“In a nutshell, the advantage of Edius for a news operation like Raycom is speed,” said Wise. “The reason we have a speed advantage is because we support a lot of different formats. In a traditional post production environment, that’s not such a big deal because you are not going to be surprised by a particular format. But news is different.

“In the field, crews are often handed various formats,” he continued. “Raycom is using the (Panasonic) P2 format for their own work, which is a standard format that we support natively. We also natively support (Sony) XDCAM. Basically, anything that comes out of Japan we support since our development is based in Japan. That is one of the key benefits for us. We are very quick to include native format support. By native, I mean we can read it and edit it on the fly. When Raycom is in the field and they get handed different formats, they can quickly handle it.”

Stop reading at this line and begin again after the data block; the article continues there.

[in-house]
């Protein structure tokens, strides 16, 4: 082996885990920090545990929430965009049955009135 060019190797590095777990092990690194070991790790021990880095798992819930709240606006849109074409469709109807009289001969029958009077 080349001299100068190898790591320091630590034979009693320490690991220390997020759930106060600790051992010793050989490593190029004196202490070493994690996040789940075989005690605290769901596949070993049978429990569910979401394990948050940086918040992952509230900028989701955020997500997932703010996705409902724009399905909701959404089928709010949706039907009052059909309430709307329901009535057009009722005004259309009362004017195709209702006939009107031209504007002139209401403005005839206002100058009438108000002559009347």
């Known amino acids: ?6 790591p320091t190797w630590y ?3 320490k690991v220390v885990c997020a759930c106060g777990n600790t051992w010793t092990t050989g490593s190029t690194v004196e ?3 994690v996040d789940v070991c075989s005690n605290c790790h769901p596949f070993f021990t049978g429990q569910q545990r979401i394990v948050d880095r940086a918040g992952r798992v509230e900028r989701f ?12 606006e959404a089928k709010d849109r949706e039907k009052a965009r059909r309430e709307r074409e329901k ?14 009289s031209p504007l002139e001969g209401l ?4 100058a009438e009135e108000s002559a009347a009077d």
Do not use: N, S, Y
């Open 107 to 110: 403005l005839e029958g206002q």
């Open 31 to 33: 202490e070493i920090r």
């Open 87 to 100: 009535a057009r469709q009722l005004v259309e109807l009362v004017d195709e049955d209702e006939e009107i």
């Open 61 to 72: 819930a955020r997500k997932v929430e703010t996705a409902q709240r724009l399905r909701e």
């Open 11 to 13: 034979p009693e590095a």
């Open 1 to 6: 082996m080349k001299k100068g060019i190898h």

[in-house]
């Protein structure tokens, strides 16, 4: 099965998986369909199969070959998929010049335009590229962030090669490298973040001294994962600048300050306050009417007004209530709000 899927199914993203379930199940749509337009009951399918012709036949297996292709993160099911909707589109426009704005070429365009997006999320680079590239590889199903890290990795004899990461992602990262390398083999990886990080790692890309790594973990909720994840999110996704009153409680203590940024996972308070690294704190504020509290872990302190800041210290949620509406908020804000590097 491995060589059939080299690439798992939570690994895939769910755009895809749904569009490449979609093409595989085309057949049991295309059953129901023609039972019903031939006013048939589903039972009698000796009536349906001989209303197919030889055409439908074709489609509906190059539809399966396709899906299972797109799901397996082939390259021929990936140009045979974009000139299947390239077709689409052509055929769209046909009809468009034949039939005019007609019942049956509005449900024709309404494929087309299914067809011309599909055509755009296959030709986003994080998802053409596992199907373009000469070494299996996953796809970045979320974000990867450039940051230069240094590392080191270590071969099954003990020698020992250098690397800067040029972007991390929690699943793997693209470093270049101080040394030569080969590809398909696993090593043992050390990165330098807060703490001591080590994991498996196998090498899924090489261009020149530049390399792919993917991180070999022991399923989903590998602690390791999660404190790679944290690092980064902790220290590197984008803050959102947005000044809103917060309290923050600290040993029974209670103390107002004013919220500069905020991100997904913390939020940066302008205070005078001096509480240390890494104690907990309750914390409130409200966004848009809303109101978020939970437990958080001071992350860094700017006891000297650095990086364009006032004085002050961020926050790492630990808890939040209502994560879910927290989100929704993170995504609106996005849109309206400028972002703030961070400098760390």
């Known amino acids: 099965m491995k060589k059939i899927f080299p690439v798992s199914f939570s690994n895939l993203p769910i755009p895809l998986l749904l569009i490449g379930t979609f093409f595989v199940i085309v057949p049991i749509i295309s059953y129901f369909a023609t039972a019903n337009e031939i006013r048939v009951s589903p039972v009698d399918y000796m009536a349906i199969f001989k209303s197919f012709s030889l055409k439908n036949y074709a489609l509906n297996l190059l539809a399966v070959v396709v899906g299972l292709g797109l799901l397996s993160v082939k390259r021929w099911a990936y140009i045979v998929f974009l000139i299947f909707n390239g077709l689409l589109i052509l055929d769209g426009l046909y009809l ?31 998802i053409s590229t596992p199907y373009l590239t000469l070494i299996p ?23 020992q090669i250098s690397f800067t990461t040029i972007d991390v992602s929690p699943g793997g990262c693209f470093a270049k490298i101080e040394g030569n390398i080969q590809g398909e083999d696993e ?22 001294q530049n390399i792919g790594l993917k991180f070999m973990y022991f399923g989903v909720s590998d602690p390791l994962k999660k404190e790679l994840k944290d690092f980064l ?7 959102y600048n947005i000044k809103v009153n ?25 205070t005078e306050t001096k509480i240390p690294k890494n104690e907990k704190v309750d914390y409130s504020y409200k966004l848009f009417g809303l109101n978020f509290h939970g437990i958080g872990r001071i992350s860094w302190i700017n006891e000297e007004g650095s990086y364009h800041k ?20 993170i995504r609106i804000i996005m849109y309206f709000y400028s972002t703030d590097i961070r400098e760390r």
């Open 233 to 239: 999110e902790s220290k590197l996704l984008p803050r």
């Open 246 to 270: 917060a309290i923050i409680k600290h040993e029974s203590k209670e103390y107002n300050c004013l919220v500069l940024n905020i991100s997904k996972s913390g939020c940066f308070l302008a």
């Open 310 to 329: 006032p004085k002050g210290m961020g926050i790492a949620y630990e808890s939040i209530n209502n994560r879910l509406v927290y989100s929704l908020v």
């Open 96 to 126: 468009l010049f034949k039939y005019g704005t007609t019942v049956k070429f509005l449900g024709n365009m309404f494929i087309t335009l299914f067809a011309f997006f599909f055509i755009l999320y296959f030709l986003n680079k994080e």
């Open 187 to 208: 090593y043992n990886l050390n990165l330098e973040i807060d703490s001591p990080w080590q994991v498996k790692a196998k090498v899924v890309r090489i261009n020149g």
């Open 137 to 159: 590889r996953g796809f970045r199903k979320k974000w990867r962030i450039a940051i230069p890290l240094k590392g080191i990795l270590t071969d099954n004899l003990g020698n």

Another advantage of Edius is that the application software works on lower cost, more basic laptops — such as the mid-range Dell Latitude business computers being used by Raycom. Some at Raycom are even successfully experimenting using Edius with the Microsoft Surface tablet, which can run Windows applications.

“Where we differ from our competitor Adobe Premier is we write our codecs to the CPU so we can perform on lower spec machines,” Wise said. “Adobe writes their format support to something called the Mercury Playback Engine, which is a graphics accelerator. Adobe has a good system, but it is typically used on a desktop PC with a very smoking graphics card. They take a different kind of approach than we do.”